After Dr. Ben Carson joked about falling asleep while waiting for a question during Thursday's Republican debate, viewers took to Twitter to deride the candidate's remark, saying his performance was slow and lacking energy. Once a top contender in the Republican presidential race, the retired neurosurgeon has been plunging in the polls ahead of February primary voting.
“I am very happy to get a question this early on," he said after receiving his first question of the night, adding "I was going to ask you to wake me up when the time came."
Critics have slammed Carson in recent months, saying he did not have enough political experience, particularly concerning foreign policy. Carson has been polling in fourth place among GOP candidates, with around 8 percent support, according to Real Clear Politics, which takes the average of the latest available polling data.
Carson is known in the media and online for his calm demeanor, and louder candidates such as Republican front-runner Donald Trump have often overshadowed the retired neurosurgeon. "You're going to see me not being quite so polite,” Carson told CNN ahead of the debate Thursday, promising to bring more enthusiasm than in previous debates.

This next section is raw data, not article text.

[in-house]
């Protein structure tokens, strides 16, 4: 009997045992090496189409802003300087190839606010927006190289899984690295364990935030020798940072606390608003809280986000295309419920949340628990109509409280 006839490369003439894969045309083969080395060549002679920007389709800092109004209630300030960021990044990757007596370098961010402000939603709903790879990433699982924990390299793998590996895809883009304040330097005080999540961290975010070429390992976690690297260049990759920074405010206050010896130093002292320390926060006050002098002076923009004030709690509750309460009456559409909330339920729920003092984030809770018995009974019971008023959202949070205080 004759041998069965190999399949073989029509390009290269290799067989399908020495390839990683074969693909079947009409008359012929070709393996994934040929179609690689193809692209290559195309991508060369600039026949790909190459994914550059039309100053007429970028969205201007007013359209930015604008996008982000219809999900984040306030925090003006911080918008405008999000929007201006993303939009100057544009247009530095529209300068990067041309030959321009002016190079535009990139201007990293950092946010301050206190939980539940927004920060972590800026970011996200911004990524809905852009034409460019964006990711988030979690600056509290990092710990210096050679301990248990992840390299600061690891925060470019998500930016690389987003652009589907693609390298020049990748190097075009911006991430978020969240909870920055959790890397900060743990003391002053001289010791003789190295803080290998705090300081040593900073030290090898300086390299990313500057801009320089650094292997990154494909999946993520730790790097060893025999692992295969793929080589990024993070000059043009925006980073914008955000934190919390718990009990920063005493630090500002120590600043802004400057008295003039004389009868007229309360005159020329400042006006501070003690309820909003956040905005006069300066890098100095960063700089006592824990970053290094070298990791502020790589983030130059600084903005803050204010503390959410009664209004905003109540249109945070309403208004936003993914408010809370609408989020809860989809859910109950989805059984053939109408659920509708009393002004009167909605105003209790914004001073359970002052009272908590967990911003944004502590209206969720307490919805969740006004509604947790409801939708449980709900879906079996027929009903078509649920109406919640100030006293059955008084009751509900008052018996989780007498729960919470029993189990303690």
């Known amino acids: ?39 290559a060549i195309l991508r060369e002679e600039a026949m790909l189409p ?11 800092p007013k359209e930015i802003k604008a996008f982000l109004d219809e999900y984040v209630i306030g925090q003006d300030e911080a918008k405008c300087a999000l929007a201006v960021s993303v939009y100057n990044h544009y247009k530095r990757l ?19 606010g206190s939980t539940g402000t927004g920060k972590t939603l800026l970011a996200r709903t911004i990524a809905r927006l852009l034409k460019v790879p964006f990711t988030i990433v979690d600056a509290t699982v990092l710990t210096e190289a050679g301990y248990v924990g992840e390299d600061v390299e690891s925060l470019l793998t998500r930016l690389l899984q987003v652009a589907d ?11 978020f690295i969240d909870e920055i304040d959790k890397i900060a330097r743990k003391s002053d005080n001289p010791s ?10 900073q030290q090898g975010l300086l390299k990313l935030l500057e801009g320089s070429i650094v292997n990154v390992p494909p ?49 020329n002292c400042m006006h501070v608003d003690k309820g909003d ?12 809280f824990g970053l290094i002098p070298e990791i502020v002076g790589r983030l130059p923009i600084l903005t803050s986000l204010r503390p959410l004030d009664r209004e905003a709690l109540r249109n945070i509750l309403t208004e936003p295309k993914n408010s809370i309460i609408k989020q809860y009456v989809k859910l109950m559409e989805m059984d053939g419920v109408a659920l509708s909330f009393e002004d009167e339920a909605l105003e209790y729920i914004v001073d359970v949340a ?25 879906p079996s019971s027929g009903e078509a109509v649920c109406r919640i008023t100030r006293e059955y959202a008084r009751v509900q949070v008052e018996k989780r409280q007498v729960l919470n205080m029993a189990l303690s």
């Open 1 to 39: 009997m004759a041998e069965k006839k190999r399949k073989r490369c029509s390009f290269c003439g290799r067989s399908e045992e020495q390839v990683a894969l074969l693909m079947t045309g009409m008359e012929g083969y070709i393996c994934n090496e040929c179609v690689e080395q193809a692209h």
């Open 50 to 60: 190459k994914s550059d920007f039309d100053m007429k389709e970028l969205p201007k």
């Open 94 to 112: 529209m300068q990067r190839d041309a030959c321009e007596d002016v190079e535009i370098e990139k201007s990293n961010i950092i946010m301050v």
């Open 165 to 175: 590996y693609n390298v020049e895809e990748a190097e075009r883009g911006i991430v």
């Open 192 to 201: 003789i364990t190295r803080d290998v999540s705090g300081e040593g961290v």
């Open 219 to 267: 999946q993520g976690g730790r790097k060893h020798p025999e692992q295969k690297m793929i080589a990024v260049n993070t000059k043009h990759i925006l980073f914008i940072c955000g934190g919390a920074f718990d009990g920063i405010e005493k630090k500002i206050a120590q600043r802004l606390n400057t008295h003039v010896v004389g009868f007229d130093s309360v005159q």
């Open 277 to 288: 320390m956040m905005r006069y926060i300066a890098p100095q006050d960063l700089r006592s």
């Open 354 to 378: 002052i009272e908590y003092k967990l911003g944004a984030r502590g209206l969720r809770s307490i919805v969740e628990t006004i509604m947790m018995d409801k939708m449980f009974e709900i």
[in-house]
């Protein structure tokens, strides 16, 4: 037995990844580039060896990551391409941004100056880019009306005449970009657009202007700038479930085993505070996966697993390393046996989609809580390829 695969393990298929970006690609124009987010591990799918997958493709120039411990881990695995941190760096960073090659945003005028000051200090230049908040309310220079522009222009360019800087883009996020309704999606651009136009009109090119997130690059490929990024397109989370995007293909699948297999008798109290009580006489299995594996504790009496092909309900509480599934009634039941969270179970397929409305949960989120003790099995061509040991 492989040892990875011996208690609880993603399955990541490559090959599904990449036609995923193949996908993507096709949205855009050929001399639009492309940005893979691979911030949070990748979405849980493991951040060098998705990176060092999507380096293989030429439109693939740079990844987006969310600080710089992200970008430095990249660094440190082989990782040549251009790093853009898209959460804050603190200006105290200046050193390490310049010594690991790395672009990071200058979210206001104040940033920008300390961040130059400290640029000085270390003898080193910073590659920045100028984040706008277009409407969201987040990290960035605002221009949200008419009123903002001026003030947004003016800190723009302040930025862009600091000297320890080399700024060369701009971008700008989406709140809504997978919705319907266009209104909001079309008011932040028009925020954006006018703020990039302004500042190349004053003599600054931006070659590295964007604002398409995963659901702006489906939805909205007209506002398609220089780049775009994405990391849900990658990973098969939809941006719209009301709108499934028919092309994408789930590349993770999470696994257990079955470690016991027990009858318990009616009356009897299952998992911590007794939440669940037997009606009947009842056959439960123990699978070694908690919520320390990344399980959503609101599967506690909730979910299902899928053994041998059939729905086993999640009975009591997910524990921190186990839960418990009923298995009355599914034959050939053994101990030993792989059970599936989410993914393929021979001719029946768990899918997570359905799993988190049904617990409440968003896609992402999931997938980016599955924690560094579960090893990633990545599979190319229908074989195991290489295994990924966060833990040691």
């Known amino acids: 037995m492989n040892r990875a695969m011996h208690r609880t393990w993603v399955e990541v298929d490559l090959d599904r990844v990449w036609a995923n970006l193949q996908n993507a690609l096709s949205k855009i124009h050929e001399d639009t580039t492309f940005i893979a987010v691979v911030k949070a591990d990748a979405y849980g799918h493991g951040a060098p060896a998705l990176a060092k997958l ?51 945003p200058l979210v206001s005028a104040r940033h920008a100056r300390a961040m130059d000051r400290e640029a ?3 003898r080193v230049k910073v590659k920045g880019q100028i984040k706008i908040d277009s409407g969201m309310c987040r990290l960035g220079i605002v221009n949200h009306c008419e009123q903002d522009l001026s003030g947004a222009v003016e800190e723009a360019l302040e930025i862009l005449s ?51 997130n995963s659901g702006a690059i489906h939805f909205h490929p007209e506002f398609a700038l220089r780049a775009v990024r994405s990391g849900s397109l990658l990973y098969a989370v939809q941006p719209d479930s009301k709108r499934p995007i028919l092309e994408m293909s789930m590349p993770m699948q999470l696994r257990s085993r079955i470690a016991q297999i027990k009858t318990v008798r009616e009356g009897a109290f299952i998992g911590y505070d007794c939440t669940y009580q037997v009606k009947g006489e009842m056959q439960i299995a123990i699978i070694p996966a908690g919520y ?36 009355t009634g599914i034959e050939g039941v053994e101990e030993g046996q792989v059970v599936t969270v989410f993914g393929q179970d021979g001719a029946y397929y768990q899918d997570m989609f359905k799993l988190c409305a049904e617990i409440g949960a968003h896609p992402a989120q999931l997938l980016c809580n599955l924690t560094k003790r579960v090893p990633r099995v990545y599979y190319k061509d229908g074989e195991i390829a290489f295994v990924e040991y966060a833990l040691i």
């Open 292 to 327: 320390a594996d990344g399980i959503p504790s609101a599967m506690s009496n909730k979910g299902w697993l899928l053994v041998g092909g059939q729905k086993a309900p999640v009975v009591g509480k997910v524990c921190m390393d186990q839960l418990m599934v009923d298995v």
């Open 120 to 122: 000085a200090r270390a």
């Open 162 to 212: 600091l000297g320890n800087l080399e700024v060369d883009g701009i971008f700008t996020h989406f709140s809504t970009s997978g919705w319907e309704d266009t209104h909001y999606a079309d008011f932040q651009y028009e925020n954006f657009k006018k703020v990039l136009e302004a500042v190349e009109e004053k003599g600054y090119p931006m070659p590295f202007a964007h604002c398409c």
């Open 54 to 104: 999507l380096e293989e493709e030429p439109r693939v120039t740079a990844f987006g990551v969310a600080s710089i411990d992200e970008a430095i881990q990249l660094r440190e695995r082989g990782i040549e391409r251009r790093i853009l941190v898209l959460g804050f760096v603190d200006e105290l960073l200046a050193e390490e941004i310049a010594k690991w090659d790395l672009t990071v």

Carson "actually looks asleep," tweeted comedian Moshe Kasher from his verified account.
Ben Carson shouldn't mention being asleep as he actually looks asleep including when he is speaking. #GOPDebate
— Moshe Kasher (@moshekasher) January 15, 2016
— Chuck Nice (@chucknicecomic) January 15, 2016
Journalists joked on Twitter about the candidate's performance.
So Ben Carson must be asleep, right?
— Dan Primack (@danprimack) January 15, 2016
So far, what we've learned: GOP candidates don't like Obama. Cruz doesn't like the NYT. Ben Carson thinks he can joke about being asleep.
— David Lauter (@DavidLauter) January 15, 2016
Carson's campaign has lost some of its top advisers in the past two months alone, and his campaign finance chairman, Dean Parker, announced his resignation Thursday, just hours before the debate. Parker stepped down after an article in Politico alleged that he was paying himself a salary of $20,000 per month, which is unusually high for his position.
“While current allegations toward me are misrepresentations, my primary goal is to help Dr. Carson save our nation," said Parker in a statement, the New York Times reported. "I am excited about the growing momentum behind him and look forward to even greater days ahead,” he said.